Tuesday, January 17, 2017

Behind the Scenes of Peter Pan

Kathryn Beaumont visits John Hench in this publicity still. Hench was a color stylist on the movie Peter Pan. Here he is looking at a layout for the the scene below, a gigantic camera move during the flight to Neverland sequence.

Image/Hans Bacher blog:

Co director Ham Luske helps out during the filming of a live action scene. He is holding his young son Tommy Luske, who plays Michael as he flies into Wendy's arms. The final frame shows a different camera angle.

Actor Roland Dupree holds Kathryn Beaumont for a scene in which Peter Pan protects Wendy from Captain Hook. The final frame is one of my favorite images from the film.
Staging and lighting are phenomenal, magic!

There are many posts about Peter Pan in this blog, here is one that I like in particular:

Sunday, January 15, 2017

Robin Hood Designs

I have written before about the ever changing design of the character of Robin Hood. Here are two images representing the initial version of Robin and Little John followed by their final designs. This opening scene was animated by John Lounsbery. Since Milt Kahl was the character design guru, he made sure that those opening scenes by Lounsbery represented the latest and final version of the characters.
Here are a few draw overs by Milt (over Lounsbery's animation) to ensure character consistency.
I think these sketches are beautiful, sensitively drawn and very appealing.

More on this topic here:

And here:

And here:

Friday, January 13, 2017

Lagoon Fish

The most fun sequence in Bedknobs and Broomsticks is arguably the Soccer Game between the Dirty Yellows and the True Blues. But the preceding underwater sequence has its moments as well. As usual the live action/animation mix is done extremely well, as you can see in the frame above. Angela Lansbury holding an animated/drawn trophy looks magical. It is always such a pleasure to see live actors interacting with drawn characters in such a way!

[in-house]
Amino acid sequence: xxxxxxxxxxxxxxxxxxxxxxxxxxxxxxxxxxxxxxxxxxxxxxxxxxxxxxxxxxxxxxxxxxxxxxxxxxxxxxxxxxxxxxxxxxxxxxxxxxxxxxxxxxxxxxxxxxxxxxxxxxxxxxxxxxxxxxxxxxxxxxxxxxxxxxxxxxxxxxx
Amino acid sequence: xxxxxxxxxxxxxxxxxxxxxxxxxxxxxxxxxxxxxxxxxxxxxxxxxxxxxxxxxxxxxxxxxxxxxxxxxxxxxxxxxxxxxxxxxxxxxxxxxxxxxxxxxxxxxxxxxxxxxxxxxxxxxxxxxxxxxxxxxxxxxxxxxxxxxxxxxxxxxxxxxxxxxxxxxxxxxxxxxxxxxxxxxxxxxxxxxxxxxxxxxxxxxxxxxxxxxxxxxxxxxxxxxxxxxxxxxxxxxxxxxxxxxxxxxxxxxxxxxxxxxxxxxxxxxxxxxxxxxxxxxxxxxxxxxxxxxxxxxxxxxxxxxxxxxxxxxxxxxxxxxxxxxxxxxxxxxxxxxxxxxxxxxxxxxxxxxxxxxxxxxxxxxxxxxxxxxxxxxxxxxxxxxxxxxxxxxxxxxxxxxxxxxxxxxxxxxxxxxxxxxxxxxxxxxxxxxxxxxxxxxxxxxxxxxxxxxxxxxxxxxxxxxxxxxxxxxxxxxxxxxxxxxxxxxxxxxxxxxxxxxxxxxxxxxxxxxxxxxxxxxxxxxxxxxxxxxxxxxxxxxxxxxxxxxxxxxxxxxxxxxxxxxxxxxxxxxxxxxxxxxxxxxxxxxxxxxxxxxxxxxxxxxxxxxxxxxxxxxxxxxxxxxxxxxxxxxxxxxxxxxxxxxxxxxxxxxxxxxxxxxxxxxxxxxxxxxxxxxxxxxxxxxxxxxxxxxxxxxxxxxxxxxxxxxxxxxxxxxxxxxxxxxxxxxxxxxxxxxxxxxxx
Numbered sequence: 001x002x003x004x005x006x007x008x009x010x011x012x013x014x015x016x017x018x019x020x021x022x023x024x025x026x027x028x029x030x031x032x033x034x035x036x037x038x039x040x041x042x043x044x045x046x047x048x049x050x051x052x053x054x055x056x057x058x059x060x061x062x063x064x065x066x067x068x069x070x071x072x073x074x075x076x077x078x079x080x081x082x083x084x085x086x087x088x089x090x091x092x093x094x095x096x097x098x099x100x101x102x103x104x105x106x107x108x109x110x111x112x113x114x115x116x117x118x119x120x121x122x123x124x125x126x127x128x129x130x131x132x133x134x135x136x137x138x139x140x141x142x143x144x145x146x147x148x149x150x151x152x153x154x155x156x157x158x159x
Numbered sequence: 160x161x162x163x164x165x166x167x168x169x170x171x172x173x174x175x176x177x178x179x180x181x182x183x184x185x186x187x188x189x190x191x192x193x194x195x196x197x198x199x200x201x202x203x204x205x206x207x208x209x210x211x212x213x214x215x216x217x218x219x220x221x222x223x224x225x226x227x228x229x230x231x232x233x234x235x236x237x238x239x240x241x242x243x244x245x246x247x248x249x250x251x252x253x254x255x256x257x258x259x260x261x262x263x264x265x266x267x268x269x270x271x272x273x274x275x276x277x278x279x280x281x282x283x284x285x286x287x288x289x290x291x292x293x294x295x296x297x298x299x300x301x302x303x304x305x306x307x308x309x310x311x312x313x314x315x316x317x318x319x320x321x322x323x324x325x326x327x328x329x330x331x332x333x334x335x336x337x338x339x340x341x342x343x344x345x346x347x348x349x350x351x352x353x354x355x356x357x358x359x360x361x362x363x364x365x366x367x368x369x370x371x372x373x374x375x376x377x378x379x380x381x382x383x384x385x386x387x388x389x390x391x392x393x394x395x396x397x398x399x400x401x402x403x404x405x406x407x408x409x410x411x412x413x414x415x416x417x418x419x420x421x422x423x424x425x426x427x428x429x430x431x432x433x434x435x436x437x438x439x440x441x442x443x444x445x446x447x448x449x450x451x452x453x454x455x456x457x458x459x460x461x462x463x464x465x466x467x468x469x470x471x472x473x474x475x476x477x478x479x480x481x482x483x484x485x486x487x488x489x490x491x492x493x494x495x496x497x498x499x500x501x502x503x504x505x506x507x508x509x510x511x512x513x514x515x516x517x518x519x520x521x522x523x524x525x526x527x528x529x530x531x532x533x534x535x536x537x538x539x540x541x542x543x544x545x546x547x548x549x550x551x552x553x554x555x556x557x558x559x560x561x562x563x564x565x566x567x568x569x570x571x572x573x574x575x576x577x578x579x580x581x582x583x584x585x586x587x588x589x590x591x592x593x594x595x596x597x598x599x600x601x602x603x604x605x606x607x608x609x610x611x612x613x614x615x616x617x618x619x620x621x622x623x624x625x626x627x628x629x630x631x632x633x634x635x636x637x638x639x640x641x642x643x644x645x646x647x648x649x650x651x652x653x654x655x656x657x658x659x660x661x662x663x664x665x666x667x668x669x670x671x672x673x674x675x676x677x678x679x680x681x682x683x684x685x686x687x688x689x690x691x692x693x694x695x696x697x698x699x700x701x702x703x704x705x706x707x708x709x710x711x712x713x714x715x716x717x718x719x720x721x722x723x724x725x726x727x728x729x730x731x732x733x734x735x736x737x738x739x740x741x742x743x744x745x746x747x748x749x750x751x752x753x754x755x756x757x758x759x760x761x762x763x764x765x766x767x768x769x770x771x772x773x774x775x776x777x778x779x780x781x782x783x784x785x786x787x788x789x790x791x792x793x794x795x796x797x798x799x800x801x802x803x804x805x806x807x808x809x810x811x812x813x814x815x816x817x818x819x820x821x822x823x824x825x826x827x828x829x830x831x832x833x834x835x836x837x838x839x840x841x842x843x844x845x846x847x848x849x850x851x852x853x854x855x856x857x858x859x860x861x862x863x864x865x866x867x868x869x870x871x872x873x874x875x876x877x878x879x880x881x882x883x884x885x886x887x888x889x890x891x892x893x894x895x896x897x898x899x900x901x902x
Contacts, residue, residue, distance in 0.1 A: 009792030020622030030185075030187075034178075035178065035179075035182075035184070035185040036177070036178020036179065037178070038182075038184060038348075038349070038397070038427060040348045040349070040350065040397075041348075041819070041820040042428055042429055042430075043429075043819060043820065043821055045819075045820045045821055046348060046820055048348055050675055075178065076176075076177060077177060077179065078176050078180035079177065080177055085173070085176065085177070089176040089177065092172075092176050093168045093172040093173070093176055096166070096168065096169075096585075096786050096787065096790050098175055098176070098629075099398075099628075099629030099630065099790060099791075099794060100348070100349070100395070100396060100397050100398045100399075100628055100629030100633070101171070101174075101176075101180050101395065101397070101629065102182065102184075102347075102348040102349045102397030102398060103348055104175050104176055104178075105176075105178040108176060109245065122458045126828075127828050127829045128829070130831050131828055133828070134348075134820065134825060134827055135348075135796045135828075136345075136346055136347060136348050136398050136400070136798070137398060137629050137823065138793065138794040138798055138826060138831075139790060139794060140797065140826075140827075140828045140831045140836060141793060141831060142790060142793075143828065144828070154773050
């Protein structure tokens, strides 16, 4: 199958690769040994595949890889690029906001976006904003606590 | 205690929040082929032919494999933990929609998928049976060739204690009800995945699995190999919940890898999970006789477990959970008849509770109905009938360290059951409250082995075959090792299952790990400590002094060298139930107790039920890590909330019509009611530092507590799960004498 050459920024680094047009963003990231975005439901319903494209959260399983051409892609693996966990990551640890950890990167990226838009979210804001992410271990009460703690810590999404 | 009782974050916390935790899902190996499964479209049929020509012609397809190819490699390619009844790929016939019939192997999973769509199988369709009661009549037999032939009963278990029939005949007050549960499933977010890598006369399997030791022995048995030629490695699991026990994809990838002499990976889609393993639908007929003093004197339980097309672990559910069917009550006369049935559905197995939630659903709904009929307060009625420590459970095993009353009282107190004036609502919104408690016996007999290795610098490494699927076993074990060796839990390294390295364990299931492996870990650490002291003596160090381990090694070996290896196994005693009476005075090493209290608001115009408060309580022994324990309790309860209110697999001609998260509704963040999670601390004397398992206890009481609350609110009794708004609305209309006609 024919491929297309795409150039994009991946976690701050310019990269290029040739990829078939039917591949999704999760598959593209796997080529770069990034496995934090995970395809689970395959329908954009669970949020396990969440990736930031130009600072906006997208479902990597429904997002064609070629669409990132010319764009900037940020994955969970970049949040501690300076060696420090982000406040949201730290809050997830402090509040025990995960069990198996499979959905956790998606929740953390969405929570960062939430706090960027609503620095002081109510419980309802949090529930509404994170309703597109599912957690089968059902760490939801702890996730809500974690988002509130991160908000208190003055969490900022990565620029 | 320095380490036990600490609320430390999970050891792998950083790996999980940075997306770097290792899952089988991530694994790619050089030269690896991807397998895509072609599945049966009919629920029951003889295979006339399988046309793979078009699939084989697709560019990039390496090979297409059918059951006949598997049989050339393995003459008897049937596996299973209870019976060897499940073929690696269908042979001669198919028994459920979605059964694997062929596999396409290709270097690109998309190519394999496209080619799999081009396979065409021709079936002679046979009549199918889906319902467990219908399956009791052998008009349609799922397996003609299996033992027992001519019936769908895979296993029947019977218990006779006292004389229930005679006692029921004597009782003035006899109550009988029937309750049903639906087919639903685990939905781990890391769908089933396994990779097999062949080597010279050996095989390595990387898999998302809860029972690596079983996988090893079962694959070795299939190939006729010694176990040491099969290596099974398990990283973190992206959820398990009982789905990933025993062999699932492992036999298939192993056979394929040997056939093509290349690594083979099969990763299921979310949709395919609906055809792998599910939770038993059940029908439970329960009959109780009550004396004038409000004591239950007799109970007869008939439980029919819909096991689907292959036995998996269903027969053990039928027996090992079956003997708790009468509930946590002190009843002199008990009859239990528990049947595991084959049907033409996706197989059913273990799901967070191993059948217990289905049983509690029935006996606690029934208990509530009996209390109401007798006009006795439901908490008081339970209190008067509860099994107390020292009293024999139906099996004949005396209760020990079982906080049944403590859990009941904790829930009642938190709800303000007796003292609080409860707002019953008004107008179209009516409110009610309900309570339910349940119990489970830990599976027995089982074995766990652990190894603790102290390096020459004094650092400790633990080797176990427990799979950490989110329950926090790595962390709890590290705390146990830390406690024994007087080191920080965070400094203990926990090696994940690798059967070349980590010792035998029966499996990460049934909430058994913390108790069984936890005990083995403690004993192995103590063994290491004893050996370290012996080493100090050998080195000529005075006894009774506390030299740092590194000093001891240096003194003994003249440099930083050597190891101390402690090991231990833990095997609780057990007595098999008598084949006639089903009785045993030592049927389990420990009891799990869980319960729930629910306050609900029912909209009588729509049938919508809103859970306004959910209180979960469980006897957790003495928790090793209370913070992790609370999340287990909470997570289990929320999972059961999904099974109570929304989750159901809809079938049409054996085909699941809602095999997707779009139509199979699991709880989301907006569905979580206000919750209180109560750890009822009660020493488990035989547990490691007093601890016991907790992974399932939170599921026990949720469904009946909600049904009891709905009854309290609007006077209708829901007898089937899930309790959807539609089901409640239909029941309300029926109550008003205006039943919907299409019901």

Here are a few sheets with design drawings for a variety of fish characters. Milt Kahl's drew some of them, his drawings are sketchier than the ones done by other artists.

Here is the link to an earlier post about the film's soccer game:

Wednesday, January 11, 2017

The Reluctant Dragon Feature Film

I love The Reluctant Dragon. The animated short as well as the whole "behind the scenes" 1941 feature film. Disney released the movie as bonus material in glorious HD together with the Blu-Ray edition of Ichabod and Mr. Toad, combined with Fun and Fancy Free.
I am sure many of you have seen this "documentary" and you probably spotted a few Disney artists in the drawing class scene, or when Robert Benchley visits Ward Kimball's office together with Fred Moore.
As I understand it, most key personal was part of the live action shoot in one role or another. But not everybody made the final cut, like Marc Davis and Milt Kahl.
It's no surprise that Woolie Reitherman got some screen time, after all he animated the introductory scenes of the Dragon.

In this animal drawing class you can easily recognize Retta Scott, Jack Kinney, Eric Larson and Ken Anderson in the front.

But look here: As the camera follows Benchley walking in front of the commissary you can see Frank Thomas & Ollie Johnston leaning against the wall.